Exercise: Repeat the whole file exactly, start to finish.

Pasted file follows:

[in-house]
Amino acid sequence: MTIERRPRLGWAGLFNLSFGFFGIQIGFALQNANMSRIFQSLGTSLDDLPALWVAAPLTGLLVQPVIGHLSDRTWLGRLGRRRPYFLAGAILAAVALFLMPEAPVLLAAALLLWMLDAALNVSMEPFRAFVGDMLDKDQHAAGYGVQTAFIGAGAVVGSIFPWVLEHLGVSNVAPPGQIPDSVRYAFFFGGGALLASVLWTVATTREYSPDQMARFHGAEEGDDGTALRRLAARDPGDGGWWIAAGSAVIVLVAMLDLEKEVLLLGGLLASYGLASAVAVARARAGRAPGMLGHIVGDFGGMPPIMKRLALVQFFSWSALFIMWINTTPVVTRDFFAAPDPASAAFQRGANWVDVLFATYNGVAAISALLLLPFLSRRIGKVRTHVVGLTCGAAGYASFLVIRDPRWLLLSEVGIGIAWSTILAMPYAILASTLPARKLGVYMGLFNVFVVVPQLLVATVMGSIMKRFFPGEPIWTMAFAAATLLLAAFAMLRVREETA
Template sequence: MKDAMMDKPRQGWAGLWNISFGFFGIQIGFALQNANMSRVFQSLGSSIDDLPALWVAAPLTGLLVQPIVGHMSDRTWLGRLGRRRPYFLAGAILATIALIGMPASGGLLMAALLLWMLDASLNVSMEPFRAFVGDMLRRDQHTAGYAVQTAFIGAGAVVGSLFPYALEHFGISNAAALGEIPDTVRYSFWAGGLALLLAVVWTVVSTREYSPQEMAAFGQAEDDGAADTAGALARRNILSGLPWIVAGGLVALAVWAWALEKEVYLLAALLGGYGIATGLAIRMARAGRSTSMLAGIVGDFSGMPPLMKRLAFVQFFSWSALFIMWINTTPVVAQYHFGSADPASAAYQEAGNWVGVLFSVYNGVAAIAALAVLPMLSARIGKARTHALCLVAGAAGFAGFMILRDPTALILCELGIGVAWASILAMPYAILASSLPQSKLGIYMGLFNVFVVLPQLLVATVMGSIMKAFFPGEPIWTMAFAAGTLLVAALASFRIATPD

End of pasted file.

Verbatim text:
[in-house]
Amino acid sequence: MTIERRPRLGWAGLFNLSFGFFGIQIGFALQNANMSRIFQSLGTSLDDLPALWVAAPLTGLLVQPVIGHLSDRTWLGRLGRRRPYFLAGAILAAVALFLMPEAPVLLAAALLLWMLDAALNVSMEPFRAFVGDMLDKDQHAAGYGVQTAFIGAGAVVGSIFPWVLEHLGVSNVAPPGQIPDSVRYAFFFGGGALLASVLWTVATTREYSPDQMARFHGAEEGDDGTALRRLAARDPGDGGWWIAAGSAVIVLVAMLDLEKEVLLLGGLLASYGLASAVAVARARAGRAPGMLGHIVGDFGGMPPIMKRLALVQFFSWSALFIMWINTTPVVTRDFFAAPDPASAAFQRGANWVDVLFATYNGVAAISALLLLPFLSRRIGKVRTHVVGLTCGAAGYASFLVIRDPRWLLLSEVGIGIAWSTILAMPYAILASTLPARKLGVYMGLFNVFVVVPQLLVATVMGSIMKRFFPGEPIWTMAFAAATLLLAAFAMLRVREETA
Template sequence: MKDAMMDKPRQGWAGLWNISFGFFGIQIGFALQNANMSRVFQSLGSSIDDLPALWVAAPLTGLLVQPIVGHMSDRTWLGRLGRRRPYFLAGAILATIALIGMPASGGLLMAALLLWMLDASLNVSMEPFRAFVGDMLRRDQHTAGYAVQTAFIGAGAVVGSLFPYALEHFGISNAAALGEIPDTVRYSFWAGGLALLLAVVWTVVSTREYSPQEMAAFGQAEDDGAADTAGALARRNILSGLPWIVAGGLVALAVWAWALEKEVYLLAALLGGYGIATGLAIRMARAGRSTSMLAGIVGDFSGMPPLMKRLAFVQFFSWSALFIMWINTTPVVAQYHFGSADPASAAYQEAGNWVGVLFSVYNGVAAIAALAVLPMLSARIGKARTHALCLVAGAAGFAGFMILRDPTALILCELGIGVAWASILAMPYAILASSLPQSKLGIYMGLFNVFVVLPQLLVATVMGSIMKAFFPGEPIWTMAFAAGTLLVAALASFRIATPD